Uncategorized Yoga

Open the heart to heal

When we sustain a physical injury such as a broken leg, black eye or a sunburn, the injury is visible for the world to see and comment on. “What happened!?” invites story-telling and sharing the circumstances of the accident. Sharing contributes to healing. In contrast, surviving emotional trauma does not always prompt the healing power of sharing. We tend to shy away from talking about our aches of the heart.

Recovering from physical trauma takes time, of course, but is visible. Talking about the injury and noticing physical improvements contribute to healing. Matters of the heart, on the other hand, are less visible and more complex. Although heartache often manifests itself as a furrowed brow, swollen eyes and a sad face, sparking a conversation about emotional pain is a little more sensitive than discussing a physical injury.

So, while the presence of a physical injury invites questions and conversation, the seclusion of an emotional injury has the opposite effect. Isolation and loneliness prevail.

Meanwhile, the owner of the broken heart

seeks an outlet for the pain.

Healing from a physical injury has socially-acceptable antidotes: over the counter painkillers, topical creams, physical therapy. Matters of the heart are shrouded in secrecy, punctuated by solitude and emotional discomfort. Thus, the victim of the emotional trauma is prone to making bad decisions, escaping through drugs, alcohol, sex, and regrettable lifestyle decisions.

So, how to deal with emotional trauma in a healthy way?

The posture of grief is characterized by hunched shouldersslumped spine,and head in hands. Heart opening yoga poses are the antidote to a grieving posture and will create space to let the emotion out, to free the heart from sadness and begin to heal.

Yoga is the union of mind, body and spirit.

Practicing heart opening poses is a gateway to releasing unwanted emotional energy.

Make no mistake, heart openers will trigger a painful release of emotions, often tears, but will ultimately foster tremendous release and freedom from negative energy. Fortunately, the yoga studio and the yoga mat is a safe place to let go of great emotional trauma. The yoga mat is a place of solace and comfort and is free from judgment.  You are always safe on your yoga mat and just like you aren’t passing judgment on the yogi on the mat next to you, you can be certain that (s)he isn’t judging you either. All that being said, if getting yourself to a studio is simply too much for your broken heart, unroll your yoga mat or towel in the privacy of your own home and practice these heart openers there.

Warrior I

Updog/ cobra

Bow pose

Wild thing




Dancer’s pose

After a deep heart-opening practice, rest in a long savasana followed by several minutes of sitting still, crosslegged. Take your time and step off your mat and back into the world when you’re ready.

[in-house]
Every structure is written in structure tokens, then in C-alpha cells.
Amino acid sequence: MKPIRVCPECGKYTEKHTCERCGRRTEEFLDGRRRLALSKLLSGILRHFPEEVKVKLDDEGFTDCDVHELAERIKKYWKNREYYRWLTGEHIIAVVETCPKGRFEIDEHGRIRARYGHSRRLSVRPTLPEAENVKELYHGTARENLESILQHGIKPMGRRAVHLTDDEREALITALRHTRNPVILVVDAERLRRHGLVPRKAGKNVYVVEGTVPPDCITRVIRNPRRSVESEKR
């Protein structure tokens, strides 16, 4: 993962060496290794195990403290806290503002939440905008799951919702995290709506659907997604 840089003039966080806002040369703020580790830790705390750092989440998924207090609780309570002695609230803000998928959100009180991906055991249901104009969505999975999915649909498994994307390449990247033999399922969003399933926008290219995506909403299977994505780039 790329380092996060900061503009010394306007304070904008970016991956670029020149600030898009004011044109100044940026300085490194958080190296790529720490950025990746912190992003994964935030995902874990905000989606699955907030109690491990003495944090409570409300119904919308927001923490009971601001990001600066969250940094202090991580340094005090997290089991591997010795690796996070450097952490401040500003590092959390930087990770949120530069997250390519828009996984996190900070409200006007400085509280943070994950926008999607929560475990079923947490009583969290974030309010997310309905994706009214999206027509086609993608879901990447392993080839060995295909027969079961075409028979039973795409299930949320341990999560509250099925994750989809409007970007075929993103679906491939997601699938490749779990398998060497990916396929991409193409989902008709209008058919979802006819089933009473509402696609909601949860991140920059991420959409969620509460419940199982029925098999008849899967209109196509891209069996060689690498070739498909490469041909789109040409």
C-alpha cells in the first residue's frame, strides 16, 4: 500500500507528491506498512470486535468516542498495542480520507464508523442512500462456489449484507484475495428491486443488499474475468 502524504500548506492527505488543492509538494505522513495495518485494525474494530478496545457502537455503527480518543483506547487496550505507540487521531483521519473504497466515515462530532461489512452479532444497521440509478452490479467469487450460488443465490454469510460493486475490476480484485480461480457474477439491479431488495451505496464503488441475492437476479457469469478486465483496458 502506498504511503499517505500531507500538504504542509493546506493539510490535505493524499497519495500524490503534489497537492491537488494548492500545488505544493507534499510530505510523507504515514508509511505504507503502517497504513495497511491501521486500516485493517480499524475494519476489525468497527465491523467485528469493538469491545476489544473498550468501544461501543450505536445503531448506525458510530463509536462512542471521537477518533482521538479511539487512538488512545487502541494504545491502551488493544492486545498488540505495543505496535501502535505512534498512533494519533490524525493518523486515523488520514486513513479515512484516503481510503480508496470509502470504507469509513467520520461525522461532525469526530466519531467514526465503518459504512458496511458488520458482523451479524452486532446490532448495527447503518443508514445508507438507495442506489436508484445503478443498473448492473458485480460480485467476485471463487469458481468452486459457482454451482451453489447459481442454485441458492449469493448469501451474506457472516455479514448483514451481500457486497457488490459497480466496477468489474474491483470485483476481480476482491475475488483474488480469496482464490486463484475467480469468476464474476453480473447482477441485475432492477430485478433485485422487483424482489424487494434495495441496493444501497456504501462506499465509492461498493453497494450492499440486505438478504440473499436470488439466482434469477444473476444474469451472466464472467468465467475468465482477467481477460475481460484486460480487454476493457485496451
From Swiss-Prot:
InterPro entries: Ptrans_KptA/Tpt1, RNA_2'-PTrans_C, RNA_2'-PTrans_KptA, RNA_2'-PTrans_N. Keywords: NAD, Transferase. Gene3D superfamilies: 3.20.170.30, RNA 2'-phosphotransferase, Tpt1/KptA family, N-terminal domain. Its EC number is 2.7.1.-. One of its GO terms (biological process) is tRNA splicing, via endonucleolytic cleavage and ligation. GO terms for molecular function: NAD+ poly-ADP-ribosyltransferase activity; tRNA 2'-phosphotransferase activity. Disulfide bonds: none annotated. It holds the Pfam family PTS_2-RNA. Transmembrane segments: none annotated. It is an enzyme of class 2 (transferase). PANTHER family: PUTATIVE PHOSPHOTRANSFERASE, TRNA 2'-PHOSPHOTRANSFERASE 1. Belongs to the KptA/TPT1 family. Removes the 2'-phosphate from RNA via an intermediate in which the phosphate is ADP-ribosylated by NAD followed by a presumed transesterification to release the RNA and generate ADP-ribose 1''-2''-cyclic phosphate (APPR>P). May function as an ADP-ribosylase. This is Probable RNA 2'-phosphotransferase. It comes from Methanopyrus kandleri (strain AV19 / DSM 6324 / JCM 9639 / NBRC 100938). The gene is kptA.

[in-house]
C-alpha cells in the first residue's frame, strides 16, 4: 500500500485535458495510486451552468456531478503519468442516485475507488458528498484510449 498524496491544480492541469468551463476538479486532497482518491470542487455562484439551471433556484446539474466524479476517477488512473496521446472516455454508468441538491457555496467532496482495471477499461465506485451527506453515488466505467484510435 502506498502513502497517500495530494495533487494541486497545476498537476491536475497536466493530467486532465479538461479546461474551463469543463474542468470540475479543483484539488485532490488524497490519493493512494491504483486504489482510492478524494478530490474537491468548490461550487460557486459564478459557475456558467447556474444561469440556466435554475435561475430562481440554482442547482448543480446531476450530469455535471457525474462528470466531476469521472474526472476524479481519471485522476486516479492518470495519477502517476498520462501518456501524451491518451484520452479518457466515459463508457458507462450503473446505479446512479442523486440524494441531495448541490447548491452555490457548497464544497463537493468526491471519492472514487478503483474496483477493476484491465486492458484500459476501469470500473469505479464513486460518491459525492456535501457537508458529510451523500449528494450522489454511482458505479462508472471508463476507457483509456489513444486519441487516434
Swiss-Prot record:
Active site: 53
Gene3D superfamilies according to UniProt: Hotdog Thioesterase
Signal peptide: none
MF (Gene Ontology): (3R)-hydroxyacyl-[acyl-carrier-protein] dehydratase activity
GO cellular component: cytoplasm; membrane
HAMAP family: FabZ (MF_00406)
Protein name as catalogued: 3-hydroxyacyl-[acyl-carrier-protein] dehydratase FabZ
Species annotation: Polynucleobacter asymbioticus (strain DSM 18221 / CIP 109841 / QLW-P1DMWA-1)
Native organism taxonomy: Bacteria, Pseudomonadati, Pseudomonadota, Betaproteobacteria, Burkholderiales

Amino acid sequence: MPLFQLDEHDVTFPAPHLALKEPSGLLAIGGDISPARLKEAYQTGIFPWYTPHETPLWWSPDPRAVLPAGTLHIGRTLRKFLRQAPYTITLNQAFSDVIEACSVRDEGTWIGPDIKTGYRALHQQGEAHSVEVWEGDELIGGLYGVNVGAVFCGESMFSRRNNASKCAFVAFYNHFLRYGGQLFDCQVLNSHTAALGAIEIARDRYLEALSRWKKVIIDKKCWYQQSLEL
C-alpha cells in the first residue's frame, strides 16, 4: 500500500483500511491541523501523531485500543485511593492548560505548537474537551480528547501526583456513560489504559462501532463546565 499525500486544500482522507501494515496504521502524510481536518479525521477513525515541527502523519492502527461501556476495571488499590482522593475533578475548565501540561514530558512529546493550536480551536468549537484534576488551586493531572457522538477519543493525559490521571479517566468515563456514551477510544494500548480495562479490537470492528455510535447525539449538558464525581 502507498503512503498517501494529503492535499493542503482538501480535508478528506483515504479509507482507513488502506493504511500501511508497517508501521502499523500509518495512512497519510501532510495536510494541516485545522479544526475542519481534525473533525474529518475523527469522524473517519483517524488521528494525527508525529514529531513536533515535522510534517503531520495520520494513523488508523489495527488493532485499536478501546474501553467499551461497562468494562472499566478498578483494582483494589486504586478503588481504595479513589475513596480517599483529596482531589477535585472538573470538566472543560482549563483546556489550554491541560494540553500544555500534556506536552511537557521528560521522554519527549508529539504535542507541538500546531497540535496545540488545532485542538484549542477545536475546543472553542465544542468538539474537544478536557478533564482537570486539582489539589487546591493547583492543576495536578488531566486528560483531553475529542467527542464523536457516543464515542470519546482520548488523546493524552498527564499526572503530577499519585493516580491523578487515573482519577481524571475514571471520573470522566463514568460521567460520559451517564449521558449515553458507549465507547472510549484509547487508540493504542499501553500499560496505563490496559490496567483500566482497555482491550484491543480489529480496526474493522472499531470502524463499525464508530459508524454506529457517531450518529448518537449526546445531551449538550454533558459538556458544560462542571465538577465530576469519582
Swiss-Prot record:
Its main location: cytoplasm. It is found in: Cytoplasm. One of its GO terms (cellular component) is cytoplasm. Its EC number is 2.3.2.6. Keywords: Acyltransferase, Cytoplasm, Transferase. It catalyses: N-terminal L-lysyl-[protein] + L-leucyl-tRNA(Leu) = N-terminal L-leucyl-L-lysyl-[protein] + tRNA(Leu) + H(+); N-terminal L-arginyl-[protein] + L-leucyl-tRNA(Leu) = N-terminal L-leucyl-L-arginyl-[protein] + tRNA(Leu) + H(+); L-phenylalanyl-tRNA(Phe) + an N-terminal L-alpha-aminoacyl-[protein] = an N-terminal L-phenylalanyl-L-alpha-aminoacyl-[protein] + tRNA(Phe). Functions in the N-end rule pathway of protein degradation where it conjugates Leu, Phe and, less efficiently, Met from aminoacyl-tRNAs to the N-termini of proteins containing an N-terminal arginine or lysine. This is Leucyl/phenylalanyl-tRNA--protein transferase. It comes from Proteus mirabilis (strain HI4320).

backbends Yoga

getting into backbends

Spring is upon us, and with it comes a desire to make changes in my life. Every year, with the arrival of spring I feel a sense of stagnation in my life, and I desperately seek ways to bring fresh energy into every aspect of my life. In my apartment, I find this fresh energy by throwing away boxes of old clothes and books. I also take the time to spring-clean my kitchen, especially the fridge. Spring marks the return of fresh herbs and fresh vegetables to my diet. Spring also brings with it extra daylight hours, and the reduced darkness gives me renewed energy to set goals and make plans for the upcoming months.

In my yoga practice, backbends feel like the perfect way to invite in change and renewed energy. Winter in a cold climate often finds us shuffling along, laden down with heavy clothing, and hunched forward. Spring is a time to peel off layers, open our hearts up and find more time to run around outside, coming out of the hunched and face-protecting posture of the chilly Canadian winter!

Consider how you feel after you have been hunched over a computer for several hours, picking weeds in your garden or cleaning out a drawer. The natural instinct afterwards is to stand up straight, reach your hands overhead and stretch upwards! This is a backbend, and this is exactly the motion that springtime backbends are cultivating.

Backbends are the perfect antidote to a long winter and have many benefits. Backbends can

release tension along the front of the body
open the heart, inviting in renewed energy and letting go of stale emotions
counteract bad posture
realign the spine to its natural curve
help with digestive function
relieve stress by stimulating the heart (fourth) chakra
open the lower back, which will provide freedom from insecurity
prevent you from taking yourself too seriously.
To safely venture into backbends in a yoga practice, consider first warming up your spine with 3-4 complete sun salutations, warming up your hips with a pose such as crescent lunge, and warming up your spine with cat/cow, revolved lunge and several easy twists.

Once warmed up, some backbends to try include

locust, baby cobra, little bridge, full wheel, camel and upward-facing bow

Remember, as always, to practice patience with yourself. Move slowly into each posture, be mindful of pain or discomfort and be intentional in your practice. Finally, respect the limitations of your own body, and do not concern yourself with what other students in the yoga class are doing or with pictures you see of backbends on the internet!

Happy Spring and Happy back bending!